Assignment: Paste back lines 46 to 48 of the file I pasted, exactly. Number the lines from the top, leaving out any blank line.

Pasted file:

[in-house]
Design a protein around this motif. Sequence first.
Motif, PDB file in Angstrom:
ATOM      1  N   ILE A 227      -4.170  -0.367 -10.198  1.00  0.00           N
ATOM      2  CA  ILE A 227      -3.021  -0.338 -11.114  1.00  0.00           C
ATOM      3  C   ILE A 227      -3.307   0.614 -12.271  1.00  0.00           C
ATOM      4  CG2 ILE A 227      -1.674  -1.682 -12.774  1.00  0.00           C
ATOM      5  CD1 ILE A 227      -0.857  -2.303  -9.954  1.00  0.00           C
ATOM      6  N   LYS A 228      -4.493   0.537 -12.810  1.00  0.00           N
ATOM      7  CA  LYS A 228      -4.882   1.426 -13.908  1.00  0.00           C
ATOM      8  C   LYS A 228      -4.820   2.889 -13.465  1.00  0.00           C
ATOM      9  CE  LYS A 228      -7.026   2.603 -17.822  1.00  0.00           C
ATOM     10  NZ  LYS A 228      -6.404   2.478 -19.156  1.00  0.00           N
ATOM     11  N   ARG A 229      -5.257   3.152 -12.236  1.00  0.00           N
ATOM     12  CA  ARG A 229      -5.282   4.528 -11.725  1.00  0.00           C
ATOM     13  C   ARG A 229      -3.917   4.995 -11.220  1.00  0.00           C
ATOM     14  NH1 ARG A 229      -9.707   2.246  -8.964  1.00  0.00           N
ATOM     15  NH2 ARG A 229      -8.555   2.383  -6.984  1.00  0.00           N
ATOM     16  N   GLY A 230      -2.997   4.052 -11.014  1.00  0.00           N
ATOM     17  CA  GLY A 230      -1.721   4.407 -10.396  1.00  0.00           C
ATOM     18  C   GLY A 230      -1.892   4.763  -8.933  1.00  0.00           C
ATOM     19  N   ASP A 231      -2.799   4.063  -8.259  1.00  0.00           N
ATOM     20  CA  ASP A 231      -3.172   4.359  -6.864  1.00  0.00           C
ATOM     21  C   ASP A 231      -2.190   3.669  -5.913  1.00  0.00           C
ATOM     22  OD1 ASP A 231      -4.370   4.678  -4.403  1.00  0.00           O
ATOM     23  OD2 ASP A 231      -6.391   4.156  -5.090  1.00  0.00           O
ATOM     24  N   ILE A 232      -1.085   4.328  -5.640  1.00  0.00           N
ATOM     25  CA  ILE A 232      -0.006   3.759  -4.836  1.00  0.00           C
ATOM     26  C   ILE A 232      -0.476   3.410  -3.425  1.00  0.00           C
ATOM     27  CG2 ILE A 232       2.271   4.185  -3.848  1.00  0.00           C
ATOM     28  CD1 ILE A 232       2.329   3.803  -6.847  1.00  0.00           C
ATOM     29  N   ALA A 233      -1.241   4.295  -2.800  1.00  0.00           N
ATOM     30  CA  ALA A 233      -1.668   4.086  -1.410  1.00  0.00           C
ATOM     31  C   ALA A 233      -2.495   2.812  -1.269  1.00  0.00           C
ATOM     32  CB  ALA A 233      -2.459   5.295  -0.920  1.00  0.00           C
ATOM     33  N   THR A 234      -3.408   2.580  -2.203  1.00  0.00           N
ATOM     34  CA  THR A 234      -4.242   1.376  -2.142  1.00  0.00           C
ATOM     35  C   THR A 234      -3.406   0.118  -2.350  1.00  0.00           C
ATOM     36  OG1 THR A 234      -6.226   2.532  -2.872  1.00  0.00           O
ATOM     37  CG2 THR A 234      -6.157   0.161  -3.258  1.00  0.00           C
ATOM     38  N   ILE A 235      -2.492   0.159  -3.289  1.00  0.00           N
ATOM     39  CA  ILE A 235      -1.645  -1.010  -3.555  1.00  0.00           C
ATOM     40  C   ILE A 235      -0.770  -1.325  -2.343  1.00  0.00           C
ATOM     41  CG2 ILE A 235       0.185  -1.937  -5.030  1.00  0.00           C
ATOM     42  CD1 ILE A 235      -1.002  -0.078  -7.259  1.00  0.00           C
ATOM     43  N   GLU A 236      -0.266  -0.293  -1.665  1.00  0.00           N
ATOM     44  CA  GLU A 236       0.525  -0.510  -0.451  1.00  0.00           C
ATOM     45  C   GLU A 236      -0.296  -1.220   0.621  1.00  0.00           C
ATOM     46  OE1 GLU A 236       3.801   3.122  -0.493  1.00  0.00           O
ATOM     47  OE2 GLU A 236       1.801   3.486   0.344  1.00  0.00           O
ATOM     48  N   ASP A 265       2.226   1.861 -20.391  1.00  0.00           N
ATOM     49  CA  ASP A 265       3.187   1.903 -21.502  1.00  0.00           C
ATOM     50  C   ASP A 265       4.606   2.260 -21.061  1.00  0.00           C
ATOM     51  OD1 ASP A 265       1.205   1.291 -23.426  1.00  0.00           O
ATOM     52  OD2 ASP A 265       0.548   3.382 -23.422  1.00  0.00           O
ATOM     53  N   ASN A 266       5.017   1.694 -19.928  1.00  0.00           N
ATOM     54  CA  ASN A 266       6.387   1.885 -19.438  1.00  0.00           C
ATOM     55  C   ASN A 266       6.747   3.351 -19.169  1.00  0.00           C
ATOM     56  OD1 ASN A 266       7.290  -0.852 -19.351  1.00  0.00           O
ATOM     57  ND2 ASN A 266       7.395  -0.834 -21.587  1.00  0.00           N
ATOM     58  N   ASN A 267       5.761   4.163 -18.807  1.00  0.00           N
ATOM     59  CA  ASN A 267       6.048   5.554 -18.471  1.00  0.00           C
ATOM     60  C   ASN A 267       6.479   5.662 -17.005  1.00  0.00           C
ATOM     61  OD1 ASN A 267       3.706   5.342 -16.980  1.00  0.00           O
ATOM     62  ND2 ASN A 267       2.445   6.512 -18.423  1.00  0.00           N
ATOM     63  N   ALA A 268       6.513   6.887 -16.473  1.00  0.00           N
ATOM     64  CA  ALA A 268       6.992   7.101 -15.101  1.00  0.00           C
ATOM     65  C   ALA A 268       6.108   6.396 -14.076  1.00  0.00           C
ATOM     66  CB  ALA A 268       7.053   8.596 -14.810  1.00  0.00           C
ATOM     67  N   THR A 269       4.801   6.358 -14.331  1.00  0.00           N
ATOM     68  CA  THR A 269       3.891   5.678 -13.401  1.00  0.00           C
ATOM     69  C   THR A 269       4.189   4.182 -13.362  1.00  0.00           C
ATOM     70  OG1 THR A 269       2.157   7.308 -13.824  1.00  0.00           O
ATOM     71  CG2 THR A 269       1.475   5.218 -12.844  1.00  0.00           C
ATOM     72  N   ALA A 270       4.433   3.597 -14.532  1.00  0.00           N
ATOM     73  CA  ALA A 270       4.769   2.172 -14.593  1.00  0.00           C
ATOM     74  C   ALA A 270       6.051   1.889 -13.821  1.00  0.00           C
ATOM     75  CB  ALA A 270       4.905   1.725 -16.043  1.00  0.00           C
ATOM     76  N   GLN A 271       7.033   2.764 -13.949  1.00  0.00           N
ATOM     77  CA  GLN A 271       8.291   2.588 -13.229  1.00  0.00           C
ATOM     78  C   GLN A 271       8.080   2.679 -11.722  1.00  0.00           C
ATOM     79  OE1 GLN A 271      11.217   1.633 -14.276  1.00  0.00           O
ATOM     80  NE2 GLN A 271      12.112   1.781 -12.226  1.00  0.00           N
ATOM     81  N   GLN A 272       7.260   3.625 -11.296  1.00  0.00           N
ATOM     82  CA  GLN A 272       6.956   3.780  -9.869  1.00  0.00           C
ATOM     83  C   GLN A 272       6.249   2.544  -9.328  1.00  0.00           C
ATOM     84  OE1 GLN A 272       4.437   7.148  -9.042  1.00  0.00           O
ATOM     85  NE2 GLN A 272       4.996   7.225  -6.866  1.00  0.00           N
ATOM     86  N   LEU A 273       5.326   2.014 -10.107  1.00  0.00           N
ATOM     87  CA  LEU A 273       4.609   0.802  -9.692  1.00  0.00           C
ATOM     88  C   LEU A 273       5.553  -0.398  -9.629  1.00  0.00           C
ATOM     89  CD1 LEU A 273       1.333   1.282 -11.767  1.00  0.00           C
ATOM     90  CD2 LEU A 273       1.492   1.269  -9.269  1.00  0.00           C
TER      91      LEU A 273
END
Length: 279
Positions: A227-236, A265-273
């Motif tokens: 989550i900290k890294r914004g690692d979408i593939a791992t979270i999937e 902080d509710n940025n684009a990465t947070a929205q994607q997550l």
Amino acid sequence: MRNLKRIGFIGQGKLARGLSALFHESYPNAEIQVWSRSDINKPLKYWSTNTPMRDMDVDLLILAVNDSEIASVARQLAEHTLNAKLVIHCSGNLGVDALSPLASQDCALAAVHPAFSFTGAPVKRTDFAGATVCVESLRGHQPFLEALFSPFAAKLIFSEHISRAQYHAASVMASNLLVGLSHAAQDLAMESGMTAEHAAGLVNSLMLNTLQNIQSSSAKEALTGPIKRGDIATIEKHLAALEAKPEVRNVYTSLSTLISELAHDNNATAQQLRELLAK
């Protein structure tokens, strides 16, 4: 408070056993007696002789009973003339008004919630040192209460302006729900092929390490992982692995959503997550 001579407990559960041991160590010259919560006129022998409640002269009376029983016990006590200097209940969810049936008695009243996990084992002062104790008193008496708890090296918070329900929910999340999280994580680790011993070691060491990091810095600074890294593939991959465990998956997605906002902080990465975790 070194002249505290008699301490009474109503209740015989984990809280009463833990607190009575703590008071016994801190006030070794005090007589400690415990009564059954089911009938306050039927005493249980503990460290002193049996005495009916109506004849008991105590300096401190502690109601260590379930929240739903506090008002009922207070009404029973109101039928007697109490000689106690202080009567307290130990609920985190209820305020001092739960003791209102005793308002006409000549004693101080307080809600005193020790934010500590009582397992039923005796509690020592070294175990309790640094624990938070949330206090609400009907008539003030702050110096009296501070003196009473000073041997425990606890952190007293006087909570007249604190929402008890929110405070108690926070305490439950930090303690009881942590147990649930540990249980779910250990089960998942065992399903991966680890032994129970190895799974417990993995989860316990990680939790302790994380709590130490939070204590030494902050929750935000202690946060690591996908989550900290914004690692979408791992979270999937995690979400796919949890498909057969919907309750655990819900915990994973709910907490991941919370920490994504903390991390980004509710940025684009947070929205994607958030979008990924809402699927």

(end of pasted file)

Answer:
ATOM     43  N   GLU A 236      -0.266  -0.293  -1.665  1.00  0.00           N
ATOM     44  CA  GLU A 236       0.525  -0.510  -0.451  1.00  0.00           C
ATOM     45  C   GLU A 236      -0.296  -1.220   0.621  1.00  0.00           C